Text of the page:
Noting that occupancies at Sandyport Beaches Resort had been running at 77 per cent, Mr Buckner said high RevPAR numbers had been driven by a combination of this and solid average daily room rates (ADRs).
“We’ve been mainly concentrating on commercial, where we’re running at 92 per cent occupancy,” he told Tribune Business of the wider Sandyport development.
“Residential rentals at Sandyport have done very well, driven by an apparent upswing in the number of offshore bankers, particularly Swiss bankers, as well as hotel executives.
“We feel that might lead to the return of the Bahamian investor market as confidence builds.”
Mr Buckner added: “Sandyport has weathered the downturn remarkably well. There was a drop in property prices immediately following the recession, the same as everyone else, but I think the location, the west, is really coming into its own now.
“There’s a critical mass out there now, there’s buzz, and Sandyport is right in the middle of all that.”
Looking at the Bahamian economy’s near-term prospects, Mr Buckner said: “I think the Bahamas has been on the turn for the last two years.
“We’re coming back from a low point, and people have had a difficult time. Many people are still having a difficult time, and that’s not helped by the high cost of doing business for some Bahamian firms.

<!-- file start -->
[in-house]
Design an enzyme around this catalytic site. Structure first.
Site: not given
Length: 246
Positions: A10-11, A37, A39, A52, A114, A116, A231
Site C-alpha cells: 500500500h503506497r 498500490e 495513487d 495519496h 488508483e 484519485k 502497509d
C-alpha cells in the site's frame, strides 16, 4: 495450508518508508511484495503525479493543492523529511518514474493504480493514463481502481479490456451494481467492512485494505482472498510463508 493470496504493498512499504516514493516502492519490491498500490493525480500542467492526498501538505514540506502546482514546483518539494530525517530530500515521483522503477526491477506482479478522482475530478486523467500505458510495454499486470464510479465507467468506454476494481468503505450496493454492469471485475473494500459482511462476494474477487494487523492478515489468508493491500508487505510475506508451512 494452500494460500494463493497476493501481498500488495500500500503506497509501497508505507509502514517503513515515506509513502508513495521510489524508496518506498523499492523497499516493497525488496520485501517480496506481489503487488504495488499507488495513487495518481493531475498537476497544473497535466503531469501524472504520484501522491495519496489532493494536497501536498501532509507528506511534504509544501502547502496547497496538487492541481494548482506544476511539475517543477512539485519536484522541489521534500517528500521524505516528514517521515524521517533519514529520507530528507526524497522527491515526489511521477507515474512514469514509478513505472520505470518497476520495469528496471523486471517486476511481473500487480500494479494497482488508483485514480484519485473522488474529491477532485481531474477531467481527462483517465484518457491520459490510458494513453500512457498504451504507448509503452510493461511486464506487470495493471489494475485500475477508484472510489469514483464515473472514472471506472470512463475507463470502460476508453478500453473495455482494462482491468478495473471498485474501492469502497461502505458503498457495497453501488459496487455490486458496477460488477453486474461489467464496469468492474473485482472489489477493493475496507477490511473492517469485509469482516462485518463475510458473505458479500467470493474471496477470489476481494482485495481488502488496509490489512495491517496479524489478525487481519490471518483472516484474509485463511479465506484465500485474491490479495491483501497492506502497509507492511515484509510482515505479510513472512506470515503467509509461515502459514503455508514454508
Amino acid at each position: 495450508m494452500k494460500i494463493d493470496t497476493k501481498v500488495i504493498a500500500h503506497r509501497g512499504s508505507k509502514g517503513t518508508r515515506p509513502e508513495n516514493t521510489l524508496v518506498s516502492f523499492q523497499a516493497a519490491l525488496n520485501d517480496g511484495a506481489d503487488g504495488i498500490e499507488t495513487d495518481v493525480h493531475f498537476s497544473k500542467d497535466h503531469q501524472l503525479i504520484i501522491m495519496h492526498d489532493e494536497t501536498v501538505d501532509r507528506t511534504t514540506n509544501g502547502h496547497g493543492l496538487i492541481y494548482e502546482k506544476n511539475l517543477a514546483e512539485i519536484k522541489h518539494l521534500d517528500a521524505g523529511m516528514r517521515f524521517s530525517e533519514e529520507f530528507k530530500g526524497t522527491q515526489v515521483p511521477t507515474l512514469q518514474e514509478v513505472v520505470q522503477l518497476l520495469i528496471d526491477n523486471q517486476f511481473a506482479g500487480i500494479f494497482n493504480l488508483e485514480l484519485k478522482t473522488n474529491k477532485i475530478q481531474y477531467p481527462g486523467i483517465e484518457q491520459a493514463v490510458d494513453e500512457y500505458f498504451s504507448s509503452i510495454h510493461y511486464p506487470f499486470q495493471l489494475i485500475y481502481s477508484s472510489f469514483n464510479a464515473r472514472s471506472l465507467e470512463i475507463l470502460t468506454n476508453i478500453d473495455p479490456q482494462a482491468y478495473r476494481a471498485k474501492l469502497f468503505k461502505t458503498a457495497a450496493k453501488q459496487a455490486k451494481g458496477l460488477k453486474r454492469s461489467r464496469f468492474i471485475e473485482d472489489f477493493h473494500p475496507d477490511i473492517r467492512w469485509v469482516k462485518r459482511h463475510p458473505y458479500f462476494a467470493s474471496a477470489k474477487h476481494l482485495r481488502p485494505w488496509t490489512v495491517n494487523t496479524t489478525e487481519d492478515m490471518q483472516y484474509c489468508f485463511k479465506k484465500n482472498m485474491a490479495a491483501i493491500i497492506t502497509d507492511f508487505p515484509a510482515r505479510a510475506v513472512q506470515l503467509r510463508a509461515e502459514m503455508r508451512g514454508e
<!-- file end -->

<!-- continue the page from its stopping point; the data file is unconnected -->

“I think we need to look at that, but the fact is we have had two pretty good years of respectable GDP growth of close to 3 per cent, and when you look around people are starting to feel that.”
Suggesting that there were enough indications showing the US would continue on its current path of steady growth, Mr Buckner said the Bahamas would reap the benefits, and added: “The signs are all encouraging.”
Khaalis Rolle, minister of state for investments, pledged he and the Government would do everything necessary to bring Sandyport’s proposed hotel to fruition.
“That project has tremendous potential, and there’s tremendous interest in it,” he added. “Things are moving forward, and hopefully we’ll get it done. I’m on the case.”